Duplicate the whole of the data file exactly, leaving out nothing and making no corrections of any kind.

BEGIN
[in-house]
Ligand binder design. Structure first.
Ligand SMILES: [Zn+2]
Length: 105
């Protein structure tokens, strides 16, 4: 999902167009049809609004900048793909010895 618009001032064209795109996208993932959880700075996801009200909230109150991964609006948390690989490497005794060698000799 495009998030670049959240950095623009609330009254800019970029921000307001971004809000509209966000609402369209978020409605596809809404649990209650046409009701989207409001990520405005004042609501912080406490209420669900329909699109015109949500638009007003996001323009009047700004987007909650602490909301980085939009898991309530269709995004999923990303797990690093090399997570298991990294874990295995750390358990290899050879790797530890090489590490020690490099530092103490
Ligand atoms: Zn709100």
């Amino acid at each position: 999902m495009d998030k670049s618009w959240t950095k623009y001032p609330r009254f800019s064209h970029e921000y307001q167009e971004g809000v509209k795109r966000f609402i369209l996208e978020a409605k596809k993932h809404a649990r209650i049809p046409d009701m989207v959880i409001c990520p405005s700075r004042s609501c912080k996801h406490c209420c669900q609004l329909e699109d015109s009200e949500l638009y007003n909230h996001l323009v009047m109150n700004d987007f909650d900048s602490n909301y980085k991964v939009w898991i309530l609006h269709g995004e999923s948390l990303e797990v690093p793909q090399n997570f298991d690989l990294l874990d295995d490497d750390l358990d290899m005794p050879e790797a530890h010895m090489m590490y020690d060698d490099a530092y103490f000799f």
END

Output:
[in-house]
Ligand binder design. Structure first.
Ligand SMILES: [Zn+2]
Length: 105
């Protein structure tokens, strides 16, 4: 999902167009049809609004900048793909010895 618009001032064209795109996208993932959880700075996801009200909230109150991964609006948390690989490497005794060698000799 495009998030670049959240950095623009609330009254800019970029921000307001971004809000509209966000609402369209978020409605596809809404649990209650046409009701989207409001990520405005004042609501912080406490209420669900329909699109015109949500638009007003996001323009009047700004987007909650602490909301980085939009898991309530269709995004999923990303797990690093090399997570298991990294874990295995750390358990290899050879790797530890090489590490020690490099530092103490
Ligand atoms: Zn709100």
């Amino acid at each position: 999902m495009d998030k670049s618009w959240t950095k623009y001032p609330r009254f800019s064209h970029e921000y307001q167009e971004g809000v509209k795109r966000f609402i369209l996208e978020a409605k596809k993932h809404a649990r209650i049809p046409d009701m989207v959880i409001c990520p405005s700075r004042s609501c912080k996801h406490c209420c669900q609004l329909e699109d015109s009200e949500l638009y007003n909230h996001l323009v009047m109150n700004d987007f909650d900048s602490n909301y980085k991964v939009w898991i309530l609006h269709g995004e999923s948390l990303e797990v690093p793909q090399n997570f298991d690989l990294l874990d295995d490497d750390l358990d290899m005794p050879e790797a530890h010895m090489m590490y020690d060698d490099a530092y103490f000799f």